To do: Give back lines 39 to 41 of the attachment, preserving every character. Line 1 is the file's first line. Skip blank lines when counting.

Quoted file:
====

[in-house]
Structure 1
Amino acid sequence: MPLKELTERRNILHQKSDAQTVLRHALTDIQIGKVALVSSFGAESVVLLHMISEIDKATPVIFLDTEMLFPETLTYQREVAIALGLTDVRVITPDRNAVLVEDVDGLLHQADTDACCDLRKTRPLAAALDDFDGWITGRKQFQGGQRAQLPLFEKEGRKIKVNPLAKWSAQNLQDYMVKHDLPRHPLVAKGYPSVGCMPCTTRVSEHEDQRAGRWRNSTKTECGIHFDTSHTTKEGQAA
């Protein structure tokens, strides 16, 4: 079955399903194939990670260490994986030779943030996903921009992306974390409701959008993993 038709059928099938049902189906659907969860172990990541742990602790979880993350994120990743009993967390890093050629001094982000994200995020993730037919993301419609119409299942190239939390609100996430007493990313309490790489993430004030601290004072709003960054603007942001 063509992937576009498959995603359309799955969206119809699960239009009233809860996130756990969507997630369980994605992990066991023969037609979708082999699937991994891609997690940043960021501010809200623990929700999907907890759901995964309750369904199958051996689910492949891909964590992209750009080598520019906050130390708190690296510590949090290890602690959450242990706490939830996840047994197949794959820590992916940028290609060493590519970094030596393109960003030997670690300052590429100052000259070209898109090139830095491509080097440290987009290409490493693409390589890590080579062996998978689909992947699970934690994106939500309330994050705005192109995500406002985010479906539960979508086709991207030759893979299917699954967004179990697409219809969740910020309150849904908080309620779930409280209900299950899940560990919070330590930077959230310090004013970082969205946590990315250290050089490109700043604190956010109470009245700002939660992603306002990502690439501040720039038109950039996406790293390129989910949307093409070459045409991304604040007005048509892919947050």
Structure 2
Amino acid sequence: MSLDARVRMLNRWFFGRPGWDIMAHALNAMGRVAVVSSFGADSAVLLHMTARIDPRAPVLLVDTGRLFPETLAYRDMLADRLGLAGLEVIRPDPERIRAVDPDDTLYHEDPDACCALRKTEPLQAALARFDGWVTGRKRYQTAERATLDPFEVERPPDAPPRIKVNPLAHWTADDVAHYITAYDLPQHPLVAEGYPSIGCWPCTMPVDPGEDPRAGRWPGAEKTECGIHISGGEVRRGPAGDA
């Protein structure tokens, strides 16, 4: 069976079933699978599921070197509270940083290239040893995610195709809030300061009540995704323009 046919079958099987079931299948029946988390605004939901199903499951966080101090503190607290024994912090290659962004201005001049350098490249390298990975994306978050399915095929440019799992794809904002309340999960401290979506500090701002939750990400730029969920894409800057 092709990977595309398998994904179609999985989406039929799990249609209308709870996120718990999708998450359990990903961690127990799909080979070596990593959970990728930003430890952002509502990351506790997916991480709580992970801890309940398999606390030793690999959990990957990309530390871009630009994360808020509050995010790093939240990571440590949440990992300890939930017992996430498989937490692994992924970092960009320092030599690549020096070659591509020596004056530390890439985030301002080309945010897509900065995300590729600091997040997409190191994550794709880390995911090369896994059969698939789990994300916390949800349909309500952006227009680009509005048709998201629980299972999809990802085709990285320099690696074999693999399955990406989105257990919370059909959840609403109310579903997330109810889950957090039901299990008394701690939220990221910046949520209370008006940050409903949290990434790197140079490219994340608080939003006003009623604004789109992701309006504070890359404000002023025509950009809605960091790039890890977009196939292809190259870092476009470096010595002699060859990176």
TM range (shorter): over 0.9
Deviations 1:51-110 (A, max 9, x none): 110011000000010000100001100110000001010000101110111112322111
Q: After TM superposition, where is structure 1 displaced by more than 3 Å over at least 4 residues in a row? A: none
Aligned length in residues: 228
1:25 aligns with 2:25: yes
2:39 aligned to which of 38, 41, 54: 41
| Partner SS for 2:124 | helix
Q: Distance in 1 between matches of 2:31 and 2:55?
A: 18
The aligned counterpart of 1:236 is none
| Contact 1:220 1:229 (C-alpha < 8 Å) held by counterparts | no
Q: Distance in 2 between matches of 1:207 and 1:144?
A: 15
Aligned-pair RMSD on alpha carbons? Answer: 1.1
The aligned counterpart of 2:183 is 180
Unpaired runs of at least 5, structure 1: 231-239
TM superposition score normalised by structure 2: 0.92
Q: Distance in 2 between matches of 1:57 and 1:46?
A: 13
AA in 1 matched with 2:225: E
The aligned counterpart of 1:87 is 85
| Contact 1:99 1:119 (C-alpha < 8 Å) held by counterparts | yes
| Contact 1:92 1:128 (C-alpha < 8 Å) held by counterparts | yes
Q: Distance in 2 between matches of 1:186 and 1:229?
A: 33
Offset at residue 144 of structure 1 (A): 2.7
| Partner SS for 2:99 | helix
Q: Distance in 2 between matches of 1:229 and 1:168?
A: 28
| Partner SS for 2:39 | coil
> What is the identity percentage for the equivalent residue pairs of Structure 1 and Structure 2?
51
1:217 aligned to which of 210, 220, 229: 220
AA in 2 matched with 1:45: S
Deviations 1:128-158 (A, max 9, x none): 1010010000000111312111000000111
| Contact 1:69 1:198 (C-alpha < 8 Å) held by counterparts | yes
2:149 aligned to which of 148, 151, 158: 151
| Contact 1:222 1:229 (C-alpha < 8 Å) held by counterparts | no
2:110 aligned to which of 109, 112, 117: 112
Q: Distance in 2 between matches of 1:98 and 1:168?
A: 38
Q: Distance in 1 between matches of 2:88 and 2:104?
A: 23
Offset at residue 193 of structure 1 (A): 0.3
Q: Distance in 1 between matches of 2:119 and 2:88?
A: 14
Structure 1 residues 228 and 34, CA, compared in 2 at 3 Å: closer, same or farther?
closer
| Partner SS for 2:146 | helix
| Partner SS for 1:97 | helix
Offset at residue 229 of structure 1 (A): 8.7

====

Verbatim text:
51
1:217 aligned to which of 210, 220, 229: 220
AA in 2 matched with 1:45: S